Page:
Dimitri Mendeleev, a Russian, and Lothar Meyer, a German, published early versions of periodic tables in 1869 and 1870, respectively. Well, roll over, Mendeleev, tell Meyer the news: Washington Universitys Katharina Lodders has developed an innovative periodic table, slanted toward astronomy, thats definitely not your fathers periodic table.
David Kilper/WUSTL photo
Revised periodic table slanted toward astronomers
The periodic table isn’t what it used to be, thanks to innovations by a planetary chemist at Washington University in St. Louis.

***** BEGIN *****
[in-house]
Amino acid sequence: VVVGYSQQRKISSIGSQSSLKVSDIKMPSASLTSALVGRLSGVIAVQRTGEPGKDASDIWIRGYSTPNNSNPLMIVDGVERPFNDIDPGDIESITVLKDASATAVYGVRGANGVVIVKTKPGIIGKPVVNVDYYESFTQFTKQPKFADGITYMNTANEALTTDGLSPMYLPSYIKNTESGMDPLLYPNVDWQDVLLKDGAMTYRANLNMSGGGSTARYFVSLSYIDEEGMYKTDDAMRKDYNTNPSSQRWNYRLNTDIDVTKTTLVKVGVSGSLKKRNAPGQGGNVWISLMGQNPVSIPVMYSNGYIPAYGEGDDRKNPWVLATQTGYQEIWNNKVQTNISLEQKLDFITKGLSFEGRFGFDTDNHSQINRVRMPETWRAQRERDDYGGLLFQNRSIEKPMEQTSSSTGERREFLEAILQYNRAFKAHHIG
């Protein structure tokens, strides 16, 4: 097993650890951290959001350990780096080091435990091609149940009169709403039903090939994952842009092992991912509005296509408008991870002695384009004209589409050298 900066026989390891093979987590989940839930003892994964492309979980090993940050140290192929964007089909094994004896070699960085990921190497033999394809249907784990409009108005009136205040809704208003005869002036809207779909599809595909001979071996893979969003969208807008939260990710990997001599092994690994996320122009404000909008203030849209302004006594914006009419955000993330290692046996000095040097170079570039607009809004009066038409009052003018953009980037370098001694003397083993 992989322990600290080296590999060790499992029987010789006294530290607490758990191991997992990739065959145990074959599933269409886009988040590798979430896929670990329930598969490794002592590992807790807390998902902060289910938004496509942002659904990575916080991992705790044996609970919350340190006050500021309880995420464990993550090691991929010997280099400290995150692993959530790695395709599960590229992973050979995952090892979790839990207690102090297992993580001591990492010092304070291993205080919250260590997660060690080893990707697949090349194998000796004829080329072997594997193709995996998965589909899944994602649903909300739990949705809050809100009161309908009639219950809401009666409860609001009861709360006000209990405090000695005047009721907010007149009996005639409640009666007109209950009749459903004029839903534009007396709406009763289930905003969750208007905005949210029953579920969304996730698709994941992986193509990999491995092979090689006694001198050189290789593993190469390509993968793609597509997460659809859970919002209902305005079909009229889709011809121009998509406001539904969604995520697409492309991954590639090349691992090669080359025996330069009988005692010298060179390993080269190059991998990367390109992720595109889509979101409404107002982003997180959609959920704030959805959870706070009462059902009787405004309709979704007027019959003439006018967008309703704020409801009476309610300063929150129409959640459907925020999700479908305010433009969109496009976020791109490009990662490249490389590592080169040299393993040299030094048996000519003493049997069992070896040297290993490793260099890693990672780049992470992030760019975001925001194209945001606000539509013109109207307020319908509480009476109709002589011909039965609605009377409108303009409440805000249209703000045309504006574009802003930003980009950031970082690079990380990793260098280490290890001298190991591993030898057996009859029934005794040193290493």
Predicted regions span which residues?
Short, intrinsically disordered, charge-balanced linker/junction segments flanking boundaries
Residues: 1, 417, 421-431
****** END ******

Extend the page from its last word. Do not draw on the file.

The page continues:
Katharina Lodders, Ph.D., Washington University research associate professor in Earth and Planetary Sciences in Arts & Sciences, has evalutated data from numerous studies including her own and arranged the data into a periodic table slanted toward astronomers and cosmochemists. It’s the Cosmochemical Periodic Table of the Elements in the Solar System. Instead of atomic number, atomic weights, and melting- and boiling points, for example, Lodders provides elemental abundances and condensation temperatures. And it’s color-coded to indicate host phases of the elements - the phase where the element condenses into metal, sulfide, or silicate rock.
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